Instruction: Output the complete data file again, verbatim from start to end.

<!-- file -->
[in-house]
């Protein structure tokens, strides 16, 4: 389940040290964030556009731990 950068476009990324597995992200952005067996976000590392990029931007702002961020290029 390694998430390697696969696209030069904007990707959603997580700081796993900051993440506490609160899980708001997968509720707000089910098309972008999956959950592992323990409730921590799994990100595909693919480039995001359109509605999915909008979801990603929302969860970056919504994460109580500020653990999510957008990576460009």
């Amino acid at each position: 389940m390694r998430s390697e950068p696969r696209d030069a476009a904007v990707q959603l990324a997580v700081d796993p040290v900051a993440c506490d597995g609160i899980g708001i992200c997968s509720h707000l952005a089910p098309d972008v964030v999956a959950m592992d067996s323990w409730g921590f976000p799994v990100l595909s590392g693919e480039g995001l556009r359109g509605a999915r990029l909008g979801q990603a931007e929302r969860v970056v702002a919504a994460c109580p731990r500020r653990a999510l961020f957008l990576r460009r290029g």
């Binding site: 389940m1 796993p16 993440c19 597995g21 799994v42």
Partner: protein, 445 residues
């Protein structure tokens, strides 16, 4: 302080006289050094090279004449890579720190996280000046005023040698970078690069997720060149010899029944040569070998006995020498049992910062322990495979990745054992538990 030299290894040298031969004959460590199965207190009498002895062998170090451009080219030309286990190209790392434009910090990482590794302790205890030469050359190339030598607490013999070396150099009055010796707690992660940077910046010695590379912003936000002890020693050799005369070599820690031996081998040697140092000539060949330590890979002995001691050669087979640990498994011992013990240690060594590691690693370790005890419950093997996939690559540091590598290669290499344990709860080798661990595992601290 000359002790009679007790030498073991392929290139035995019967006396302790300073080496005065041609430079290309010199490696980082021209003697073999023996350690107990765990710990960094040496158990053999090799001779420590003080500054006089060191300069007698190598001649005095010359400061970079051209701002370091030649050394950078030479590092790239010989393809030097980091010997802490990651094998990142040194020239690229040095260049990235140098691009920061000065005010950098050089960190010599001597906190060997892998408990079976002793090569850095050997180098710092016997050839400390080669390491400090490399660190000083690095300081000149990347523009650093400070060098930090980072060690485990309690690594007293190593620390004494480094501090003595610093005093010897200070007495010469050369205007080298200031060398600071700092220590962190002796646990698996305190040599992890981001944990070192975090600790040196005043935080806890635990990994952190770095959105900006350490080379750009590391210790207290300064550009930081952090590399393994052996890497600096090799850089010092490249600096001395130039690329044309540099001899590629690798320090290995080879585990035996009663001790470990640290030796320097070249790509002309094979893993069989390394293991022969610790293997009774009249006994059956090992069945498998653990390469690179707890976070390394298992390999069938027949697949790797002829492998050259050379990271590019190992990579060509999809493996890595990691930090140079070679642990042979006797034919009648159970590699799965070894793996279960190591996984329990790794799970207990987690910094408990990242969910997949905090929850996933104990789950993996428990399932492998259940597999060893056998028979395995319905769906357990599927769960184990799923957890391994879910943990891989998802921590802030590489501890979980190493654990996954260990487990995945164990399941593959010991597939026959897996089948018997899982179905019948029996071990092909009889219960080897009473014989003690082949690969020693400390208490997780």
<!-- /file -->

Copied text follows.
[in-house]
């Protein structure tokens, strides 16, 4: 389940040290964030556009731990 950068476009990324597995992200952005067996976000590392990029931007702002961020290029 390694998430390697696969696209030069904007990707959603997580700081796993900051993440506490609160899980708001997968509720707000089910098309972008999956959950592992323990409730921590799994990100595909693919480039995001359109509605999915909008979801990603929302969860970056919504994460109580500020653990999510957008990576460009």
């Amino acid at each position: 389940m390694r998430s390697e950068p696969r696209d030069a476009a904007v990707q959603l990324a997580v700081d796993p040290v900051a993440c506490d597995g609160i899980g708001i992200c997968s509720h707000l952005a089910p098309d972008v964030v999956a959950m592992d067996s323990w409730g921590f976000p799994v990100l595909s590392g693919e480039g995001l556009r359109g509605a999915r990029l909008g979801q990603a931007e929302r969860v970056v702002a919504a994460c109580p731990r500020r653990a999510l961020f957008l990576r460009r290029g």
């Binding site: 389940m1 796993p16 993440c19 597995g21 799994v42």
Partner: protein, 445 residues
């Protein structure tokens, strides 16, 4: 302080006289050094090279004449890579720190996280000046005023040698970078690069997720060149010899029944040569070998006995020498049992910062322990495979990745054992538990 030299290894040298031969004959460590199965207190009498002895062998170090451009080219030309286990190209790392434009910090990482590794302790205890030469050359190339030598607490013999070396150099009055010796707690992660940077910046010695590379912003936000002890020693050799005369070599820690031996081998040697140092000539060949330590890979002995001691050669087979640990498994011992013990240690060594590691690693370790005890419950093997996939690559540091590598290669290499344990709860080798661990595992601290 000359002790009679007790030498073991392929290139035995019967006396302790300073080496005065041609430079290309010199490696980082021209003697073999023996350690107990765990710990960094040496158990053999090799001779420590003080500054006089060191300069007698190598001649005095010359400061970079051209701002370091030649050394950078030479590092790239010989393809030097980091010997802490990651094998990142040194020239690229040095260049990235140098691009920061000065005010950098050089960190010599001597906190060997892998408990079976002793090569850095050997180098710092016997050839400390080669390491400090490399660190000083690095300081000149990347523009650093400070060098930090980072060690485990309690690594007293190593620390004494480094501090003595610093005093010897200070007495010469050369205007080298200031060398600071700092220590962190002796646990698996305190040599992890981001944990070192975090600790040196005043935080806890635990990994952190770095959105900006350490080379750009590391210790207290300064550009930081952090590399393994052996890497600096090799850089010092490249600096001395130039690329044309540099001899590629690798320090290995080879585990035996009663001790470990640290030796320097070249790509002309094979893993069989390394293991022969610790293997009774009249006994059956090992069945498998653990390469690179707890976070390394298992390999069938027949697949790797002829492998050259050379990271590019190992990579060509999809493996890595990691930090140079070679642990042979006797034919009648159970590699799965070894793996279960190591996984329990790794799970207990987690910094408990990242969910997949905090929850996933104990789950993996428990399932492998259940597999060893056998028979395995319905769906357990599927769960184990799923957890391994879910943990891989998802921590802030590489501890979980190493654990996954260990487990995945164990399941593959010991597939026959897996089948018997899982179905019948029996071990092909009889219960080897009473014989003690082949690969020693400390208490997780």